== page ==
Op-Ed

Image of a person with gloves holding a petri dish.

On May 10, about 130 scientists, entrepreneurs and others held an invitation-only event at Harvard. Organisers told invitees not to talk to the press and not to discuss pending publications related to the topic they were there to discuss. Wait, what? Were they afraid of public panic? Was an asteroid on its way to destroy Earth? Was a catastrophic virus on the loose?

No, they were discussing future research, and how to get a lot more money for it. But they knew that if word got out people might be upset. Because they discussed building a completely synthetic version of a human genome. Not actually artificial people, but a huge step forward in synthetic biology. One of those invited, Drew Endy, a Stanford professor who is one of the leaders in the field, not only refused to come but tweeted: “If you need secrecy to discuss your proposed research (synthesizing a human genome) you are doing something wrong.”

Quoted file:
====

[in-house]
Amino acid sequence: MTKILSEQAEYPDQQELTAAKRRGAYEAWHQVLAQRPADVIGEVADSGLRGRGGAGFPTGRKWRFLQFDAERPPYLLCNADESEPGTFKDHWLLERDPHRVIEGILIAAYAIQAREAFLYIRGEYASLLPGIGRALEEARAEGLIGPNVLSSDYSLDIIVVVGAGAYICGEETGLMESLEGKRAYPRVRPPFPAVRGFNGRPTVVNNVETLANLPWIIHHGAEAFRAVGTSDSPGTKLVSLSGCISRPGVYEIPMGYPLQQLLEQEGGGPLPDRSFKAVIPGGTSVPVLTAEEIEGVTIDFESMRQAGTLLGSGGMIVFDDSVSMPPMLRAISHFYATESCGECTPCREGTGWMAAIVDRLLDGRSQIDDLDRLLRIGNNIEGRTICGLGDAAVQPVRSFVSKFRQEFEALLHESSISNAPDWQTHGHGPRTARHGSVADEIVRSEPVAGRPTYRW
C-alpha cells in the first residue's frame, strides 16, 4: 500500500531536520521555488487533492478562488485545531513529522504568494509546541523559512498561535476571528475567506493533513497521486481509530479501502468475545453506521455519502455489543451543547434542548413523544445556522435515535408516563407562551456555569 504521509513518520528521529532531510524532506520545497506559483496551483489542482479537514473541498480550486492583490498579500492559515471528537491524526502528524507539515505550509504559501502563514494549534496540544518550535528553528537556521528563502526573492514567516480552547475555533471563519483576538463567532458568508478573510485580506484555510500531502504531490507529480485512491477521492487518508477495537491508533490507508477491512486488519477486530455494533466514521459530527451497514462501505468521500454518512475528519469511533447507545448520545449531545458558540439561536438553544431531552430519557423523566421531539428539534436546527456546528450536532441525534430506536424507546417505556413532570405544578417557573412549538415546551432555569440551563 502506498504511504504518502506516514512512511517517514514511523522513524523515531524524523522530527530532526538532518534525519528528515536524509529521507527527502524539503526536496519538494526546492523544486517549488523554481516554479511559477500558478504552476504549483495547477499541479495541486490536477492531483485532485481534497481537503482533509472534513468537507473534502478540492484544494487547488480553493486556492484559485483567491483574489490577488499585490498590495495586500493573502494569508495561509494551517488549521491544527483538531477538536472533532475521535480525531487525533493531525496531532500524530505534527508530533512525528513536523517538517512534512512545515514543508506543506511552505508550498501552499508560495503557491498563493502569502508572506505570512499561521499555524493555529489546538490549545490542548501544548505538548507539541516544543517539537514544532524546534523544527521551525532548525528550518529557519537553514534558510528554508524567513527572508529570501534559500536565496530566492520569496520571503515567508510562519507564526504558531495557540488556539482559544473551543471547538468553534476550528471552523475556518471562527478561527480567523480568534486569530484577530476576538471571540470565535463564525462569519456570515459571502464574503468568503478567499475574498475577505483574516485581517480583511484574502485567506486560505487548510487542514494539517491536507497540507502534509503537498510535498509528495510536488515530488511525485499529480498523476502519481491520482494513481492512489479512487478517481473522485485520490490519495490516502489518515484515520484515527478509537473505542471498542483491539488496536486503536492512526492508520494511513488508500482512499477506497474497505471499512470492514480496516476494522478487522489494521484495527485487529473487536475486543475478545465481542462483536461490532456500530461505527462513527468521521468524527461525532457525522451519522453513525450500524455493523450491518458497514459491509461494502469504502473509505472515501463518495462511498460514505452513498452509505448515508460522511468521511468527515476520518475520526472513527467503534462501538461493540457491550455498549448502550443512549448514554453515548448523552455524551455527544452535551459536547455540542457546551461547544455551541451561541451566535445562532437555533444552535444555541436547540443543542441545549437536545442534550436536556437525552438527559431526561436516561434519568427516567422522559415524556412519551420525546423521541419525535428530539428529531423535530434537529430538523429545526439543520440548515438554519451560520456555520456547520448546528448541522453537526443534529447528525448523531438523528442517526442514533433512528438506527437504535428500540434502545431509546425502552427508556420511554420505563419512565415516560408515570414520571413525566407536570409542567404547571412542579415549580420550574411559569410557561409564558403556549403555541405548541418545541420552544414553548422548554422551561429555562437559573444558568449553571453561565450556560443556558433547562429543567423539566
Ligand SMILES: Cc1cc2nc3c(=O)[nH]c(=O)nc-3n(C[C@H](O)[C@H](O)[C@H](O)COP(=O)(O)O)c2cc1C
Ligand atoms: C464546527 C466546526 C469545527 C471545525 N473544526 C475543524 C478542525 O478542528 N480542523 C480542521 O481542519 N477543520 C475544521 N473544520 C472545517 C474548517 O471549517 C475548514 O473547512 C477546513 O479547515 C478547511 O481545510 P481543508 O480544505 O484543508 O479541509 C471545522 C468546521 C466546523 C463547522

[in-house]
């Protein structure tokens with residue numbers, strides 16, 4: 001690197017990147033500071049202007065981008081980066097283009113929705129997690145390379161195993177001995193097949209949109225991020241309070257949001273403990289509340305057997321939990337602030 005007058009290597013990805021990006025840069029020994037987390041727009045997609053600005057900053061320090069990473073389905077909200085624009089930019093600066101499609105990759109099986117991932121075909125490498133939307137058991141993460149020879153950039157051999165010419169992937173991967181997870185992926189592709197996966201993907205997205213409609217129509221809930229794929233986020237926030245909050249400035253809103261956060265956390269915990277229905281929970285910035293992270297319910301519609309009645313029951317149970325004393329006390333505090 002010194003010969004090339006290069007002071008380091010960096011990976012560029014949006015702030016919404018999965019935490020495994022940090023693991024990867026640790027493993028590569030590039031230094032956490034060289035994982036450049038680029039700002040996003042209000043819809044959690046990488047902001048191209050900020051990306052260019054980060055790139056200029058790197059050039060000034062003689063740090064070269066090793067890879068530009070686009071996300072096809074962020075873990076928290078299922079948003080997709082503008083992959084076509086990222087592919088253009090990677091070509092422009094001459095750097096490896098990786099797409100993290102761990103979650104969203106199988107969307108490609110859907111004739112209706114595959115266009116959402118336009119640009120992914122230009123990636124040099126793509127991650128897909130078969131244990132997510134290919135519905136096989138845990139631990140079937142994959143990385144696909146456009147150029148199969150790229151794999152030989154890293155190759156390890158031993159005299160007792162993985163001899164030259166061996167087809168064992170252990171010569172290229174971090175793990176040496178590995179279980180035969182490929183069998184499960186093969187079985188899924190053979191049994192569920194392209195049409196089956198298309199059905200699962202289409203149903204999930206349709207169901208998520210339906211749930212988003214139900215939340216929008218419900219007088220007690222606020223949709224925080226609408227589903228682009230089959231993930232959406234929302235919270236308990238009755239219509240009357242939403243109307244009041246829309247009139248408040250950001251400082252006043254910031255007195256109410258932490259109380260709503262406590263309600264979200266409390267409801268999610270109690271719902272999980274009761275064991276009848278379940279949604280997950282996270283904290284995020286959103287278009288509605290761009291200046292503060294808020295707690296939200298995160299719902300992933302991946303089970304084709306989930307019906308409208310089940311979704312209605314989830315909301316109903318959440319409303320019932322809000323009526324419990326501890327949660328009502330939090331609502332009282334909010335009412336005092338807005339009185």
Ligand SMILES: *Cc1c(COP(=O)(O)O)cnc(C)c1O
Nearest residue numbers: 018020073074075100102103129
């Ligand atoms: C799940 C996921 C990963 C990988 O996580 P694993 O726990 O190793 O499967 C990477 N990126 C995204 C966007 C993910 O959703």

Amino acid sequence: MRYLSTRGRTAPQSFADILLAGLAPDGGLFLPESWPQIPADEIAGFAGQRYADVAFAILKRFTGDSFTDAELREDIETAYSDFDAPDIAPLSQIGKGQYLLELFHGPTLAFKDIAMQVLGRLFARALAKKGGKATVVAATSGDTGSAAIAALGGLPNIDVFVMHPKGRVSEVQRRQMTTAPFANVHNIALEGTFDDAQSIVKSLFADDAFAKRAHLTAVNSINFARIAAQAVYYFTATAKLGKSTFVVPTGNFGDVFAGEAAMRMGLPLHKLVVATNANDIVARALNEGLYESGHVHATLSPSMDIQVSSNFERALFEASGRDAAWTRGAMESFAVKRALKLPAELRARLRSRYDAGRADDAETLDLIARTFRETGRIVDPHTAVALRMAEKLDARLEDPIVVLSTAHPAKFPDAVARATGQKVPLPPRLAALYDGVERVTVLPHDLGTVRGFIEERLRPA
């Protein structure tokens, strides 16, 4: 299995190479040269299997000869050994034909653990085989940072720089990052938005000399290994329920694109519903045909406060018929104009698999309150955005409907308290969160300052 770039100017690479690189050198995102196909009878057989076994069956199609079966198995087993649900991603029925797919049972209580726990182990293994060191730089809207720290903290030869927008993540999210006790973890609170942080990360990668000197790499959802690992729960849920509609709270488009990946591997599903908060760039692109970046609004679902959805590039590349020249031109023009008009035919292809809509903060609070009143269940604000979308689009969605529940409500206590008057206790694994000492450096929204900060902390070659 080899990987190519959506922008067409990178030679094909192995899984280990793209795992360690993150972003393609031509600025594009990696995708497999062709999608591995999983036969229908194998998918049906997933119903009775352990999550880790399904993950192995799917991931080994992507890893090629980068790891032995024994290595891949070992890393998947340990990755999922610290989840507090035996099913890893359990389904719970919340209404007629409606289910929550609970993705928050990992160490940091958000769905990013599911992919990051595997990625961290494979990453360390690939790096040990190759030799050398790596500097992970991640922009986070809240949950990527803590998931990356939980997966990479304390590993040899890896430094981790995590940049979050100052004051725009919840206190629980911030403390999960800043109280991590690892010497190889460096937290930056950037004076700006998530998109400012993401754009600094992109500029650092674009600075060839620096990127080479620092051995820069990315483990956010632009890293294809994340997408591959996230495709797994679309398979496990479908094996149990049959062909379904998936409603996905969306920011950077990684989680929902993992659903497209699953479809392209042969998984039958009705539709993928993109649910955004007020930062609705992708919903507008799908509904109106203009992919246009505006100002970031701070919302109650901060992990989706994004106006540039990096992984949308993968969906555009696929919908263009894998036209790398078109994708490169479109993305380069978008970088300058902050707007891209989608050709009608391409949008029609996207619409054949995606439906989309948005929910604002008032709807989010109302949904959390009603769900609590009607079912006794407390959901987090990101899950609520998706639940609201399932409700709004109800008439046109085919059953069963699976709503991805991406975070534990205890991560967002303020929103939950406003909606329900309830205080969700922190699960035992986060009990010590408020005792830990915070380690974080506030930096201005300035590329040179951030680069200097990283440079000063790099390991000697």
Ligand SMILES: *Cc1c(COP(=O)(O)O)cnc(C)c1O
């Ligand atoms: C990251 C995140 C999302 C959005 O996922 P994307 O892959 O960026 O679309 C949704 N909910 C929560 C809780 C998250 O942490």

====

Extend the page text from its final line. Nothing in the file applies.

Private water-cooler chat is certainly one way that ideas are developed. But over 100 people flown in from around the country —...